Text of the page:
Reducing your plastic footprint
The climate crisis is everyone's problem, but we don't have to despair – there is also positive action we can take. In the first of our Climate Action Now: What Boards Need to Know series, we share with you facts and information about plastic pollution, and practical changes that your charity or impact organisation can make to reduce your plastic consumption.
Why should we care about plastic pollution?
Only 9% of all plastic waste ever produced has been recycled. About 12% has been incinerated, while the rest — 79% — has accumulated in landfills, dumps or the natural environment (source: United Nations Environmental Programme). Furthermore, according to data published by Clean Streets Westminister, we are producing 300 million tonnes every year, almost the weight of the human population, and the problem with that is our planet simply does not have the capacity to hold it.
Single use plastics are made from fossil fuels, and their extraction, creation, and disposal emit harmful greenhouse gases which dangerously contribute to climate change. By 2050, plastic is predicted to account for up to 10% of global greenhouse gas emissions. Plastic materials also never really go away, they just get smaller and smaller. In fact, when fish mistake these small pieces for food and we then eat those fish, we are also being exposed to the same plastics we are dumping. The effects on human health remain relatively unknown.
In the UK over 5 million tonnes of plastic is used annually, however only 25% of that is recycled. What we don’t recycle will end up in the environment, either in landfills or water systems. Most plastics are not infinitely recyclable like some other materials, such as glass. Even in landfills plastic causes great damage, taking approximately 400 years to degrade [source: National Geographic].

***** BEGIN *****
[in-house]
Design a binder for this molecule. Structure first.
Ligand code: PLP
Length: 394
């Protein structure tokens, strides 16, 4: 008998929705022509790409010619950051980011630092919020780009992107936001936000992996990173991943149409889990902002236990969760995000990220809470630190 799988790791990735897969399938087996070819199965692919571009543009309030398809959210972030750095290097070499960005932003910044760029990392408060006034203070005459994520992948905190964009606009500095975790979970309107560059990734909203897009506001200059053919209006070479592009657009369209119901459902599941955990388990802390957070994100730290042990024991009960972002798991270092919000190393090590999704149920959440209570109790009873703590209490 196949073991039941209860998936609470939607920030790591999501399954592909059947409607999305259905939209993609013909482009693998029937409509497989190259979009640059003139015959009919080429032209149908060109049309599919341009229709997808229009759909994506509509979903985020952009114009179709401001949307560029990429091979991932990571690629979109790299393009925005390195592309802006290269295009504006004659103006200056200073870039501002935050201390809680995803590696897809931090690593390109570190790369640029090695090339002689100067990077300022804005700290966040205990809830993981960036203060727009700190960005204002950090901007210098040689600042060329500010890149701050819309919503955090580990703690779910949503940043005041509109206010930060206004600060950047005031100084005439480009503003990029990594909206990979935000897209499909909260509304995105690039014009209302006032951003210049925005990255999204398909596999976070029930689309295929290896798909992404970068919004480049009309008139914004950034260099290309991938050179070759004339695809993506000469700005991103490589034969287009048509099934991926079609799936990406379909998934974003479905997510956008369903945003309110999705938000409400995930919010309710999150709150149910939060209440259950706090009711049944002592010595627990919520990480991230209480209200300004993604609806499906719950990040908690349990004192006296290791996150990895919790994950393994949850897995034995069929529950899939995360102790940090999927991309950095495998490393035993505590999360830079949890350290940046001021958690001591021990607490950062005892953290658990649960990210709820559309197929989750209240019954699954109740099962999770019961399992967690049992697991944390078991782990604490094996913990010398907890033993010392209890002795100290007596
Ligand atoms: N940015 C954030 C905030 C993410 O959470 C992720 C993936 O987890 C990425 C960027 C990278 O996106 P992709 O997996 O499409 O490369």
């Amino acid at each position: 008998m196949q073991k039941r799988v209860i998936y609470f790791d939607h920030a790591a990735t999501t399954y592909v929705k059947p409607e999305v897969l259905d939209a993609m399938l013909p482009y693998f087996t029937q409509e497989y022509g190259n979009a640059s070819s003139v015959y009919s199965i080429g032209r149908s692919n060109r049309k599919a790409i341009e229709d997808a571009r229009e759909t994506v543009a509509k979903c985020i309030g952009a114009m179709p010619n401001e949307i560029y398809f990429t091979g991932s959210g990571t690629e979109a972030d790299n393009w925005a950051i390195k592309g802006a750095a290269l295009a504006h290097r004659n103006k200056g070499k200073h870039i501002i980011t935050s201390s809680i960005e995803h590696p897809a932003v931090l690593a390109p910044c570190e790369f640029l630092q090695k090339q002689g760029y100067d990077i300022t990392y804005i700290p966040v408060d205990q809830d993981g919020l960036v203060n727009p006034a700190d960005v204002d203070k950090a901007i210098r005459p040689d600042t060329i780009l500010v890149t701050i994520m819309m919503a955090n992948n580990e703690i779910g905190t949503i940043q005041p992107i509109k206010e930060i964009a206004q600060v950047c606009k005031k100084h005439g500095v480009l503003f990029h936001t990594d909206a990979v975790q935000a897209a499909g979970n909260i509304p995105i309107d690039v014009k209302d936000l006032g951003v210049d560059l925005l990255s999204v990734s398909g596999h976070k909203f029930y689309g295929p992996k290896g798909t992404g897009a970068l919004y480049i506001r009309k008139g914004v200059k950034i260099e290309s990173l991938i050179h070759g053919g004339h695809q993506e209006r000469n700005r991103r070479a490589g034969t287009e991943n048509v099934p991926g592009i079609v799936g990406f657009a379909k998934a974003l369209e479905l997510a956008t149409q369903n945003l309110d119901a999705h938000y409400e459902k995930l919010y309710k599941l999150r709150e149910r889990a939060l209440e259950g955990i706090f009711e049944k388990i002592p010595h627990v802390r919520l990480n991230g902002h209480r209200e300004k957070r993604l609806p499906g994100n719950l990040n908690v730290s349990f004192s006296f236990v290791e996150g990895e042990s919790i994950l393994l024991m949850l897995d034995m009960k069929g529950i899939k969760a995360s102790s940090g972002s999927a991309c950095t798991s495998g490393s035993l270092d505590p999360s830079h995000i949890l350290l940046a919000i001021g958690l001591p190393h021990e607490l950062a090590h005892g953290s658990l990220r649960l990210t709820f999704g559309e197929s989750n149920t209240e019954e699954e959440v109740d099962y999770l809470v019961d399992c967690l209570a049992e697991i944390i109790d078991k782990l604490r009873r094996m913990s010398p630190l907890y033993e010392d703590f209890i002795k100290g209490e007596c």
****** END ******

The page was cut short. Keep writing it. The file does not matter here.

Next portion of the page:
Plastic in the ocean
The picture is equally grim offshore. 8 million tonnes of plastic end up in our oceans each year, with this number is expected to double by 2025.
By 2050 there may be more plastic than fish in our oceans. When the plastic enters the ocean often the currents will pull the rubbish together into huge gyres of plastic islands. The largest is in the North Pacific, containing 1.8 trillion pieces of plastic and is double the size of Texas or three times the size of France
Once plastic is in the ocean, it is near impossible to get it back. Therefore, the solution is to prevent plastic waste being dumped in our natural environment in the first place.
How can your organisation reduce plastic waste?
We have listed below nine simple and straightforward ways that your charity or impact organisation can reduce plastic pollution.
Put together a sustainable procurement policy. This will help to ensure that the use of single-use plastics in your operations and supply chain are reduced.
Reduce consumption of plastic in the office kitchen by using reusable items such as glass or other non-plastic bottles and food containers.
Reduce plastic in tea and coffees, especially if you host in person events or conferences.
Recycle what you can and sort recycled materials properly. Please see this guide for more information: https://www.cheaperwaste.co.uk/blog/business-recycling-the-ultimate-2020-guide/